A few others in the book I knew of, like Lonnie Johnson and Victoria Spivey, but nearly all the rest were new to me, and Belford brings them back to life in the stories he tells about them. There’s W.G. Haenschen, for instance: “A year before history says that the first jazz band recorded in New Orleans, a St. Louis group recorded a song called ‘Sunset Medley.’ The 1916 recording was by St. Louisans W. Gus Haenschen and T.T. Schiffer … an interesting piece of transitional evidence, hinting of things to come and revealing a ragtime-to-jazz link. Author David Wondrich notes that ‘They were working out how to blue-swerve ragtime and their own [blues] without any help from New Orleans.’”
In another section, Belford describes his main impetus for writing the book: “There is an odd notion that American music is linked to the Mississippi River and that a timeline of the history of American music can be illustrated with a map of that river. The theory holds that jazz started in New Orleans and the blues were started by slaves in the Delta. Those styles then moved north when the musicians relocated there, spreading their unique sound. … [I]n a more realistic metaphor of American music, the great river would be the artistic stream with many branches and tributaries influencing its flow.”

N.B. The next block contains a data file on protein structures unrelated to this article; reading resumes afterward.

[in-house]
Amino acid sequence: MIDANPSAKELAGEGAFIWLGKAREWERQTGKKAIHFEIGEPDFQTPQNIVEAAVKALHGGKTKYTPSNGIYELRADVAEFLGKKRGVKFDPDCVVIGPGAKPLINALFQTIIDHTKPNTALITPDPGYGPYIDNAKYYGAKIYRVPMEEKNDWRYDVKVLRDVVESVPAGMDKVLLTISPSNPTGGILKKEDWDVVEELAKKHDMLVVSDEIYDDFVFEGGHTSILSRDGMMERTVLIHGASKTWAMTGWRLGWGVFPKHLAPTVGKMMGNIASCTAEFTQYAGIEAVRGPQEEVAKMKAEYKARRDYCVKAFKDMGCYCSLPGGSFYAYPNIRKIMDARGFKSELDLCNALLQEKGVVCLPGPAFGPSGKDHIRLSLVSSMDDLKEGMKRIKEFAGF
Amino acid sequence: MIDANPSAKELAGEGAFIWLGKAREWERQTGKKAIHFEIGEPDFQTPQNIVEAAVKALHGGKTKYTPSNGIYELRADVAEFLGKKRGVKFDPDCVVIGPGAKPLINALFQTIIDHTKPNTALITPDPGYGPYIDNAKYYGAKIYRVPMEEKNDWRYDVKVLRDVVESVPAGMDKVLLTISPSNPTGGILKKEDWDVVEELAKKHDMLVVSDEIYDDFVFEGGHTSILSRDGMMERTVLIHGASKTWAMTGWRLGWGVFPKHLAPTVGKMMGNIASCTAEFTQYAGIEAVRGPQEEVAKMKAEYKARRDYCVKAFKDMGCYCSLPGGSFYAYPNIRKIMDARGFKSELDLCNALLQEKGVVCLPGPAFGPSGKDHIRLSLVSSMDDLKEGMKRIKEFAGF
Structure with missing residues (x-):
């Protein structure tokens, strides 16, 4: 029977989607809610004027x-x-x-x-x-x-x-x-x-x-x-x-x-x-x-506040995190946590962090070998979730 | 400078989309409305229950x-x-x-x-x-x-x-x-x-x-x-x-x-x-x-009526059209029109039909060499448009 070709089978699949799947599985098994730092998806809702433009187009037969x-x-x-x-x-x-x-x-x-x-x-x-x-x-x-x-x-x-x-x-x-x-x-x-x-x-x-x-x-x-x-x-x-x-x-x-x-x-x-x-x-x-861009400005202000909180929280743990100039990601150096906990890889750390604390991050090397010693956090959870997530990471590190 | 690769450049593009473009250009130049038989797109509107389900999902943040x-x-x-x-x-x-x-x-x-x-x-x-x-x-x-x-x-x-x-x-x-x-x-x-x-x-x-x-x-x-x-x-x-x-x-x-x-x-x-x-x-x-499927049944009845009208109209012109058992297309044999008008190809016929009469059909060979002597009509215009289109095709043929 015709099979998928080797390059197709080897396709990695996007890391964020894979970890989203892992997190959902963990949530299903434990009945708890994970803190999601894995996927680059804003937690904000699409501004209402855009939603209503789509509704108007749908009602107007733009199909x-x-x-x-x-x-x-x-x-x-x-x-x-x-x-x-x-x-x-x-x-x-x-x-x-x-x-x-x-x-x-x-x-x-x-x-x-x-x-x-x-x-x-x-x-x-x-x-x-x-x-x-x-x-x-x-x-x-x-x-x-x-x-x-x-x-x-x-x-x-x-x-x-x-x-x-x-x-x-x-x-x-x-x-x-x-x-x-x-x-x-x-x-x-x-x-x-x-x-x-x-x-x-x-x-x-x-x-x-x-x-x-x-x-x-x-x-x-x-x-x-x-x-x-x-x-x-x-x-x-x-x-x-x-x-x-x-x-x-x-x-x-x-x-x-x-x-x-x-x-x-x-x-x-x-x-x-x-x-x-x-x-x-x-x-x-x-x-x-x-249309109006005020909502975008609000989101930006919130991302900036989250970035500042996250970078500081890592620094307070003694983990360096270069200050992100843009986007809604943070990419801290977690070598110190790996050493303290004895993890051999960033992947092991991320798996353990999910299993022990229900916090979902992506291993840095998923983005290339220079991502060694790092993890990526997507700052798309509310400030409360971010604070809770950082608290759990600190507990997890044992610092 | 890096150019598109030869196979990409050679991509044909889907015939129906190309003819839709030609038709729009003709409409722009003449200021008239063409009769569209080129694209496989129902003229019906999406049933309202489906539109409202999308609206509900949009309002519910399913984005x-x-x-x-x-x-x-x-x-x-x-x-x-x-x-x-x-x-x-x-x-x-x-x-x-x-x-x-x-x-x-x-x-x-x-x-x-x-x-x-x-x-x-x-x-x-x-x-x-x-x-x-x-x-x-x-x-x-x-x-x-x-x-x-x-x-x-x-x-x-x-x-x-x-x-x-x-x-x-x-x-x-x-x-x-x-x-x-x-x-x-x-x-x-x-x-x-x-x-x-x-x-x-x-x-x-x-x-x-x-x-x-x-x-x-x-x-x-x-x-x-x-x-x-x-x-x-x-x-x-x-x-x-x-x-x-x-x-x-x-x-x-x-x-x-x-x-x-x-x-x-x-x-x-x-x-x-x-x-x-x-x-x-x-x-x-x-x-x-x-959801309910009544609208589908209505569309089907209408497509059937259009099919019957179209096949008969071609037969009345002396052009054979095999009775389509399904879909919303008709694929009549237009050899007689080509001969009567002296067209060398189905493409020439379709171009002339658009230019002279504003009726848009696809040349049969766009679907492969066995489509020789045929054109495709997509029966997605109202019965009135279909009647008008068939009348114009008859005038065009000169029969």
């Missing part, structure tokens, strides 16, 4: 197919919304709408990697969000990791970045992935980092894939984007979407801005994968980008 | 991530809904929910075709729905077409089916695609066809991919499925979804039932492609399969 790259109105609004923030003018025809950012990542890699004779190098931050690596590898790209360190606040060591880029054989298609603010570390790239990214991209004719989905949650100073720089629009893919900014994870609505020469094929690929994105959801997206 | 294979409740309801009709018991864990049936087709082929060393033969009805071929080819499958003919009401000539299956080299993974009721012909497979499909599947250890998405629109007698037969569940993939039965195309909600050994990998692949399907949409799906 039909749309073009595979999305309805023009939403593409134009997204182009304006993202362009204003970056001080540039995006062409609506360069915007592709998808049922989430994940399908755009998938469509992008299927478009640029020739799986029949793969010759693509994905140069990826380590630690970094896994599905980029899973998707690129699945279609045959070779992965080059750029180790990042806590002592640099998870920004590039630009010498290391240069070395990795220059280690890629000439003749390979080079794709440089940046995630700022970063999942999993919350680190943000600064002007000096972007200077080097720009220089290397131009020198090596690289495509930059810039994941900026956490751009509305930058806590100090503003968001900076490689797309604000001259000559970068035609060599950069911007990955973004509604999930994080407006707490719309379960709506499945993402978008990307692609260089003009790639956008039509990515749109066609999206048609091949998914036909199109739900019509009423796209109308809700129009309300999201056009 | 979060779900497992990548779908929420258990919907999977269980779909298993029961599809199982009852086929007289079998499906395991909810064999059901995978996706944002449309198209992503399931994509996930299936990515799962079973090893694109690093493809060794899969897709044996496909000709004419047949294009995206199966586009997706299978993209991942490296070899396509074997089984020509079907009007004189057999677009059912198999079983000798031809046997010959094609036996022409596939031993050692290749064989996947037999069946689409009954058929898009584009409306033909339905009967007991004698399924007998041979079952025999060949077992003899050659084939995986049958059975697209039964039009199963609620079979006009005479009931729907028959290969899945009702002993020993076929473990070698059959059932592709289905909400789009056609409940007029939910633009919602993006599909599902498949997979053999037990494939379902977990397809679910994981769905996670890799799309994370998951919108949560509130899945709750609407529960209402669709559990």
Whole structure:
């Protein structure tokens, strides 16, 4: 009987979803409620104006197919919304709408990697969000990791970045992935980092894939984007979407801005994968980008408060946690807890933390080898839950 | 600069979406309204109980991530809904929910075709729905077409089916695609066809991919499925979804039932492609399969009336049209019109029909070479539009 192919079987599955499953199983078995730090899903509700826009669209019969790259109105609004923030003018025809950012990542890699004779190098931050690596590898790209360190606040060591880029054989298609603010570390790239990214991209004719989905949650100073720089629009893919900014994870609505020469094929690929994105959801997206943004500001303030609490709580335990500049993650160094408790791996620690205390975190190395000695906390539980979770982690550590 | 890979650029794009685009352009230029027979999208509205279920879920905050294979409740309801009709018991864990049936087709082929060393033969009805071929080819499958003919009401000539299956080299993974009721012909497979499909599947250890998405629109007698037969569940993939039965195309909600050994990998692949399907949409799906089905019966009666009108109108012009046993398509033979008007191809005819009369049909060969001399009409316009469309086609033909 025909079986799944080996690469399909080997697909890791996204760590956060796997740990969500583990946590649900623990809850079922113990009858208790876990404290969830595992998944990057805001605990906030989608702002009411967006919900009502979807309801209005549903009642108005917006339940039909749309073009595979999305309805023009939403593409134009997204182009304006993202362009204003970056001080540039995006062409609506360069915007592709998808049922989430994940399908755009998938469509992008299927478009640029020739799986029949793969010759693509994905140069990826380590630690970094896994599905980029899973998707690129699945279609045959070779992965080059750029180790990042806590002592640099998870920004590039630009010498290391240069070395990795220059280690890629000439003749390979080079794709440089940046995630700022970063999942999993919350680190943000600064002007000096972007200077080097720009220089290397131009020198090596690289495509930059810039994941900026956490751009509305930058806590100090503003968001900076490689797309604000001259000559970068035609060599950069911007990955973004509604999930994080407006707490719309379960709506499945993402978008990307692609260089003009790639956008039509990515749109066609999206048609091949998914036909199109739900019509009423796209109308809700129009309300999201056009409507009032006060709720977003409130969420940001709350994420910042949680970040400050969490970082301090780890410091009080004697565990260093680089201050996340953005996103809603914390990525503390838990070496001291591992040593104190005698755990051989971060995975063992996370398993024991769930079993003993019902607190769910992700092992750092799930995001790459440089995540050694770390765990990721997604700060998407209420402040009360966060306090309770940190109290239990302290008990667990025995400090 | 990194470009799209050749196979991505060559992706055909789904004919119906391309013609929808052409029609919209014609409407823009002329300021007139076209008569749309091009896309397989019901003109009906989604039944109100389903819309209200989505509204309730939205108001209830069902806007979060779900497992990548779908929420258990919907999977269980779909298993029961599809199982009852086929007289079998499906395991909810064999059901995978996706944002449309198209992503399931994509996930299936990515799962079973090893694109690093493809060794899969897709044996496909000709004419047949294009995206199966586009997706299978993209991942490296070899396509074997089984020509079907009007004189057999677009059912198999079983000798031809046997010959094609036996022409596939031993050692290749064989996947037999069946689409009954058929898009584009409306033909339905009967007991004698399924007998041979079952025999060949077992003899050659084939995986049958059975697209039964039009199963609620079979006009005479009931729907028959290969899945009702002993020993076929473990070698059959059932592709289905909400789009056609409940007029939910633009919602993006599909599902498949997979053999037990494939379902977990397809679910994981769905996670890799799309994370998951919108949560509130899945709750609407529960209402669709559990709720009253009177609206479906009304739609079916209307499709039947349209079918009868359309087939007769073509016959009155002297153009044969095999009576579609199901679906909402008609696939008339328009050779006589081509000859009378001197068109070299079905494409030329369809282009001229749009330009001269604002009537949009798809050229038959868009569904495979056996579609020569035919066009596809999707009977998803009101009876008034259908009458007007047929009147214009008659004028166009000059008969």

He emphasizes: “Adding the St. Louis part of the blues story should not mean rewriting American music history. But despite its importance, the city is rarely credited. The pre-jazz and pre-blues style of ragtime is acknowledged to have blossomed in St. Louis, and scholars also agree that the syncopated rhythm and improvisation of late 1800s ragtime led to the creation of jazz and blues in the early 1900s.
“But I hope the book can educate and raise awareness of the fact that … St. Louis musicians have consistently been a part of every major trend in American music, [including] the blues that became rhythm and blues and rock and roll and eventually evolved into our current musical styles.”
And, of course, St. Louis nurtured such international jazz icons as Clark Terry and Miles Davis. The continuing kick in this book is seeing the faces of names you may have never heard of, as you dig their music in the inserted CD produced by the legendary Chicago historian and record producer Bob Koester, The St. Louis Blues Legends Delmark Collection. These collector’s items didn’t need the Devil to be as perennially involving as when they were originally created. And the sound is like new.
I first learned of this book from Koester’s Jazz Record Mart’s Rhythm & News, and I ordered it from that publication. I’m grateful to Bob for bringing me into this newly charted territory of our music—and for much else through the years from his invaluable Delmark Records. And wait until you see the photos and other memorabilia, and Belford’s own art, in this addition to the living music history. I’d love to see a book of this quality and depth about the history of jazz in Boston, where the music became an essential regenerative part of my life from the time I was 11.
Nat Hentoff can be contacted at 212-366-9181.
Originally published in October 2010